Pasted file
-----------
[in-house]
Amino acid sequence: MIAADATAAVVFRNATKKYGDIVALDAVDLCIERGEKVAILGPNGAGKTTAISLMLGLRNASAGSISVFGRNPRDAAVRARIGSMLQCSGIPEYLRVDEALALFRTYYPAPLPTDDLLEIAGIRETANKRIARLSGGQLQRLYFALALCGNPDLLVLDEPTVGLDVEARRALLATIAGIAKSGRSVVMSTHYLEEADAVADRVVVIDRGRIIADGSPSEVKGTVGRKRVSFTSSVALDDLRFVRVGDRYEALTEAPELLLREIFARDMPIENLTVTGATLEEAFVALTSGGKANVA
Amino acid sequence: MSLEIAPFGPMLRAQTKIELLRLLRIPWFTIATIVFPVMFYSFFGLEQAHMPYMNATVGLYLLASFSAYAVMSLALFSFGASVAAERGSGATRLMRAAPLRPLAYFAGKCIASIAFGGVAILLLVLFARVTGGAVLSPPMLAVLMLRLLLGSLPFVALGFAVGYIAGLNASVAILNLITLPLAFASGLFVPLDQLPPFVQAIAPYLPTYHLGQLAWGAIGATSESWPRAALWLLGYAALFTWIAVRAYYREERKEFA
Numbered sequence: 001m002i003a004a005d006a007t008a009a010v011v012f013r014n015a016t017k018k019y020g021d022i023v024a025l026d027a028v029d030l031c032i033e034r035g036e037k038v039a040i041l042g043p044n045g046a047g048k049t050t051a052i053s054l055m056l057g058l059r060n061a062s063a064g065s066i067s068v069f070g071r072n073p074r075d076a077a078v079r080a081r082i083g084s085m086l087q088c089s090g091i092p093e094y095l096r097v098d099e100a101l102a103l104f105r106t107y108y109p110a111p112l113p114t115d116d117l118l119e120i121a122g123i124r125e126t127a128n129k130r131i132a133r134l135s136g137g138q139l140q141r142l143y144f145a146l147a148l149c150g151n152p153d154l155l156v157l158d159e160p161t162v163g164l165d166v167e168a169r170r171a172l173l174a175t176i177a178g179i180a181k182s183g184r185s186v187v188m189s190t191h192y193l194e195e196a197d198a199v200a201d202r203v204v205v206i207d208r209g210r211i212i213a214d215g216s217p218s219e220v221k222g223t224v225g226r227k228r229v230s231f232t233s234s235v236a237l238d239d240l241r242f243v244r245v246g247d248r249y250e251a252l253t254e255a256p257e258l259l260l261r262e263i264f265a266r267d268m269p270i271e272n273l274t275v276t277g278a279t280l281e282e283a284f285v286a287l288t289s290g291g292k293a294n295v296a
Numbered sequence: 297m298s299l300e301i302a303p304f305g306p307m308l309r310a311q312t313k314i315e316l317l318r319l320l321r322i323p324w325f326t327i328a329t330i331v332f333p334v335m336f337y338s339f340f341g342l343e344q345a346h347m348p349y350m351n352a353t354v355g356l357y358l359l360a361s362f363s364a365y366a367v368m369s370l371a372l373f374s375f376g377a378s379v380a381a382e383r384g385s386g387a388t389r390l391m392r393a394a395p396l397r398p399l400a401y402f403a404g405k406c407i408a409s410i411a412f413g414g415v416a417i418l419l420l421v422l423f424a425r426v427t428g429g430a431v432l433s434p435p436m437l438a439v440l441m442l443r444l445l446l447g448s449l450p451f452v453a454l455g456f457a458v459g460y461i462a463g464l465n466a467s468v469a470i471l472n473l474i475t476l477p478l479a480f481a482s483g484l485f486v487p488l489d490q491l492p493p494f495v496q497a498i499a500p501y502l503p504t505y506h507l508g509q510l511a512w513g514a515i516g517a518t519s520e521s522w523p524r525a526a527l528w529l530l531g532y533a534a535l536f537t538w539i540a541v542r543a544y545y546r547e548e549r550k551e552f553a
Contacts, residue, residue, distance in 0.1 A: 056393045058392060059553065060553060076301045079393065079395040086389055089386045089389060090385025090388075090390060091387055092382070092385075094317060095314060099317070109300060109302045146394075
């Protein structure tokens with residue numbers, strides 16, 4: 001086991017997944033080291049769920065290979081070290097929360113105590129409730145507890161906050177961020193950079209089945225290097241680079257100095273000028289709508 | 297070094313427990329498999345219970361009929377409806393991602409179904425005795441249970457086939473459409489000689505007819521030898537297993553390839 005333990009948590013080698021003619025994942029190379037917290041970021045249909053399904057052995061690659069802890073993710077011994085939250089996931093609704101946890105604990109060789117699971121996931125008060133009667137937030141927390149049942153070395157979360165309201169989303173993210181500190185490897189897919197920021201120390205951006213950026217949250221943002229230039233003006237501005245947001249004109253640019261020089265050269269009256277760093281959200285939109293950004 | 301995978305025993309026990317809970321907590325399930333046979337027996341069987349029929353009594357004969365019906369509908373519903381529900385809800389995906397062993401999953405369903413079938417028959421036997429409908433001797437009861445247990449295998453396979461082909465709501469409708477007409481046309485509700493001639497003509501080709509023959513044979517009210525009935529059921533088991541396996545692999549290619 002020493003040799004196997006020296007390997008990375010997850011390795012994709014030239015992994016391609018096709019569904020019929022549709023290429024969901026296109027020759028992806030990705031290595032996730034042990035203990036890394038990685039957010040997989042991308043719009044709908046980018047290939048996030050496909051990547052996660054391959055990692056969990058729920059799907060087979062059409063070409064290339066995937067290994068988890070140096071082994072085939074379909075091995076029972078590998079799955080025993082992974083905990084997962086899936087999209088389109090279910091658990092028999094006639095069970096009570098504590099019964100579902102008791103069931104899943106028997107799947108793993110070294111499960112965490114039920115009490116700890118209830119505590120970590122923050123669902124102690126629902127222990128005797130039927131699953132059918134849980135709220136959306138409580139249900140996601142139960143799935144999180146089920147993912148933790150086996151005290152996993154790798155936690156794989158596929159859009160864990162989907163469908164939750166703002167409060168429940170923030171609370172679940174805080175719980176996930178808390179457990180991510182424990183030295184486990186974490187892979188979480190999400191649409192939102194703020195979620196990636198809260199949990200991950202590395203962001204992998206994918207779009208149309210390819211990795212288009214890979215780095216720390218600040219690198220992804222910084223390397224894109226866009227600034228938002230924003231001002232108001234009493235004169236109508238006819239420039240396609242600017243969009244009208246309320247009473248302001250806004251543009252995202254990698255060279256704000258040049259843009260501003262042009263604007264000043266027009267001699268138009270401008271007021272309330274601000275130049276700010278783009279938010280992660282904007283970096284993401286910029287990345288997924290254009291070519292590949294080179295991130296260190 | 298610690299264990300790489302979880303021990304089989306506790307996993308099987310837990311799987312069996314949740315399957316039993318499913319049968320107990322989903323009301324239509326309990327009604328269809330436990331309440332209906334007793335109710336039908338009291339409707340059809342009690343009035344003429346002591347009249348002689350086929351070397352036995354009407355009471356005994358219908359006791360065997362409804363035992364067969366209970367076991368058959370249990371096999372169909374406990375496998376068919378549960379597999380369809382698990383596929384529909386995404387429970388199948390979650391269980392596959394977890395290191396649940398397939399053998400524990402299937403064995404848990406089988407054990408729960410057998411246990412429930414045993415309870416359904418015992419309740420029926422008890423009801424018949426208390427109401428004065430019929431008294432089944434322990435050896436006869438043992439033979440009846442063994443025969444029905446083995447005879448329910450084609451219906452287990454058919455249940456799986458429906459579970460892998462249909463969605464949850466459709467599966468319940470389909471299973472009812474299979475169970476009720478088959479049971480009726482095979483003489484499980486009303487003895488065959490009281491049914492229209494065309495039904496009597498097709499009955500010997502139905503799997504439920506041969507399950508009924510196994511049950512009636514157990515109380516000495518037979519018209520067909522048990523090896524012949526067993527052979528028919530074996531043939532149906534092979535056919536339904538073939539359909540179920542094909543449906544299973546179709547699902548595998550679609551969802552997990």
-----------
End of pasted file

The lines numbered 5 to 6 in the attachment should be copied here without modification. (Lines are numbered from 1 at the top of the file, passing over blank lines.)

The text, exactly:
Numbered sequence: 297m298s299l300e301i302a303p304f305g306p307m308l309r310a311q312t313k314i315e316l317l318r319l320l321r322i323p324w325f326t327i328a329t330i331v332f333p334v335m336f337y338s339f340f341g342l343e344q345a346h347m348p349y350m351n352a353t354v355g356l357y358l359l360a361s362f363s364a365y366a367v368m369s370l371a372l373f374s375f376g377a378s379v380a381a382e383r384g385s386g387a388t389r390l391m392r393a394a395p396l397r398p399l400a401y402f403a404g405k406c407i408a409s410i411a412f413g414g415v416a417i418l419l420l421v422l423f424a425r426v427t428g429g430a431v432l433s434p435p436m437l438a439v440l441m442l443r444l445l446l447g448s449l450p451f452v453a454l455g456f457a458v459g460y461i462a463g464l465n466a467s468v469a470i471l472n473l474i475t476l477p478l479a480f481a482s483g484l485f486v487p488l489d490q491l492p493p494f495v496q497a498i499a500p501y502l503p504t505y506h507l508g509q510l511a512w513g514a515i516g517a518t519s520e521s522w523p524r525a526a527l528w529l530l531g532y533a534a535l536f537t538w539i540a541v542r543a544y545y546r547e548e549r550k551e552f553a
Contacts, residue, residue, distance in 0.1 A: 056393045058392060059553065060553060076301045079393065079395040086389055089386045089389060090385025090388075090390060091387055092382070092385075094317060095314060099317070109300060109302045146394075